“We were looking at the Walter Hill and David Giler draft of Alien, and Dan Gilroy’s draft of Nightcrawler, and were just really in awe of how they were able to use words and spaces on the page to really just convey a mood, a tone, and a pace as well. That was always super important for us to crib from them.”
Scott Beck
Go Into the Story interview with Scott Myers 

As I wrote last year in the post Writing an Unorthodox Script (‘A Quiet Place’)

Beck and Woods used a whole range of cheats that many would call gimmicky. They also played with font sizes, added graphics, and included hand-scrawled words.

 

 

At though there is almost a 50-year gap between the release of Butch Cassidy and the Sundance Kid (1969) and A Quiet Place (2018) both screenplays share a common bond in being fun reads. The only thing that I would add is that make sure when you cheat that you do so with a spirit of intentionality. Do so because you want the reader of your screenplay to experience the movie by just reading your words.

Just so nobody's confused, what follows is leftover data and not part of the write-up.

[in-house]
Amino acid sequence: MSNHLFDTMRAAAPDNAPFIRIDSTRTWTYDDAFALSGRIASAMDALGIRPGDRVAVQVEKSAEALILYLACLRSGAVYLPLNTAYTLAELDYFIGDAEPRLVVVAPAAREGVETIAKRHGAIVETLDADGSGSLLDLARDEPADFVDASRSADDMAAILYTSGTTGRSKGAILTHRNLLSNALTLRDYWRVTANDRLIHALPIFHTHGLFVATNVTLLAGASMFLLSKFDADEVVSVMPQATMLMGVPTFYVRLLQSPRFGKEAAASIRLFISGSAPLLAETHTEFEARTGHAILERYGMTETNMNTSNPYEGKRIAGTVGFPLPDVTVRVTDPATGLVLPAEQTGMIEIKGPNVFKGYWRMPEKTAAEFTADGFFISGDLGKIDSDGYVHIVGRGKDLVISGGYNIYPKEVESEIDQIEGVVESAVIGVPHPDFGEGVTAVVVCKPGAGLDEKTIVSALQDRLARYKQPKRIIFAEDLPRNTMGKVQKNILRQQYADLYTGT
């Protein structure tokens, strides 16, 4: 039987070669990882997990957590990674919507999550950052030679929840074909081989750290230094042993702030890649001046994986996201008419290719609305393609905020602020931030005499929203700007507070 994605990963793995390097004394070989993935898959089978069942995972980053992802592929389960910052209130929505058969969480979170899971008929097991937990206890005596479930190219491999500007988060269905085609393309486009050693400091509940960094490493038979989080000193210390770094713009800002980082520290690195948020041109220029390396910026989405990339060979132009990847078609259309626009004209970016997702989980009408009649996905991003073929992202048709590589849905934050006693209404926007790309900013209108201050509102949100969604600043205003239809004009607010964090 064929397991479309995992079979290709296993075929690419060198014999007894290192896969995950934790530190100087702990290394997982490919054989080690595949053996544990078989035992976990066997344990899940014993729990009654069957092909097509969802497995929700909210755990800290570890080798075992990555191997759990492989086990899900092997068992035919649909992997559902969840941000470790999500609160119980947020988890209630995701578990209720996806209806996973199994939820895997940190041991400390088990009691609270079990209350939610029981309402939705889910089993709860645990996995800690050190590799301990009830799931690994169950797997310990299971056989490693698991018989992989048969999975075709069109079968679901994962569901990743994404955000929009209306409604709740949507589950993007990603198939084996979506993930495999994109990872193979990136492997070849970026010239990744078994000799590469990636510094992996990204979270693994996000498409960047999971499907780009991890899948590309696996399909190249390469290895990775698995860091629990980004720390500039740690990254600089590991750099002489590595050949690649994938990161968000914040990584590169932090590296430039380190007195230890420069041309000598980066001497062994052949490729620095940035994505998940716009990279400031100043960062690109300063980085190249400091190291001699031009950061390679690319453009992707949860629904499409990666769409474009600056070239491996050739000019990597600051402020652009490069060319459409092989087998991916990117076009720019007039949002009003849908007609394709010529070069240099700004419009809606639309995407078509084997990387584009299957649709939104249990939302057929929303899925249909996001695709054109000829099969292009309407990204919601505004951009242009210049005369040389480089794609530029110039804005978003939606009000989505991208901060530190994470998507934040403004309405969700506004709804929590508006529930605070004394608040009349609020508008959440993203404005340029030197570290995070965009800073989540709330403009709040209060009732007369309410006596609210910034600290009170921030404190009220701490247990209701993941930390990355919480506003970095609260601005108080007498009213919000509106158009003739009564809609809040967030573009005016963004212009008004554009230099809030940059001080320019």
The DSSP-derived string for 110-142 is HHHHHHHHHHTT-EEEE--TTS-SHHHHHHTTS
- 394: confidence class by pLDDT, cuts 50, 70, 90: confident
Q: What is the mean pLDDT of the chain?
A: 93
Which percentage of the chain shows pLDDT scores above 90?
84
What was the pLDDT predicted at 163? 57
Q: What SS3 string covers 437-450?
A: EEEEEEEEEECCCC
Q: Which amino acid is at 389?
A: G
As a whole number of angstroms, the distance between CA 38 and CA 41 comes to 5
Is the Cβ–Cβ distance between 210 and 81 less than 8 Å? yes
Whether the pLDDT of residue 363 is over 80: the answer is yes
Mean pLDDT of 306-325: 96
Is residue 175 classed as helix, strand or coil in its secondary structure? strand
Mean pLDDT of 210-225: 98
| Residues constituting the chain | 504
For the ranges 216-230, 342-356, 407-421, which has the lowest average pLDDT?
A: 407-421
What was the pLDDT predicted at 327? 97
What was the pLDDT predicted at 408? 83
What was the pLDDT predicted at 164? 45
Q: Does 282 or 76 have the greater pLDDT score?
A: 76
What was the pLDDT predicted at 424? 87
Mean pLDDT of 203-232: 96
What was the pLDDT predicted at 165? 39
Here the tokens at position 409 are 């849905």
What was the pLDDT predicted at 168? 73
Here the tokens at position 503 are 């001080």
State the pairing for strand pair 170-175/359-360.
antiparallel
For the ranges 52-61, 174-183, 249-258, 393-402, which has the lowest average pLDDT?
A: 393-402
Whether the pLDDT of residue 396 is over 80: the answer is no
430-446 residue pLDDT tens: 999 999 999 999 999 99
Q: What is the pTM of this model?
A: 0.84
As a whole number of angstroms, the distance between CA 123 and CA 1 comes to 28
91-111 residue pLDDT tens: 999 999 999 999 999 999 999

Scott W. Smith

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“I was so programmed to fail. I had shown no signs of talent as a young man. I was an editor at the school literary magazine at Oberlin College, and I would anonymously submit my short stories. When the other editors – two brilliant girls – would read them, they would say, ‘We can’t possibly publish this shit.’ And I would agree. After that I took a creative-writing course, where I got horrible grades. Do you know what it’s like to want to be a writer and get the worst grades in the class? It’s terrible.”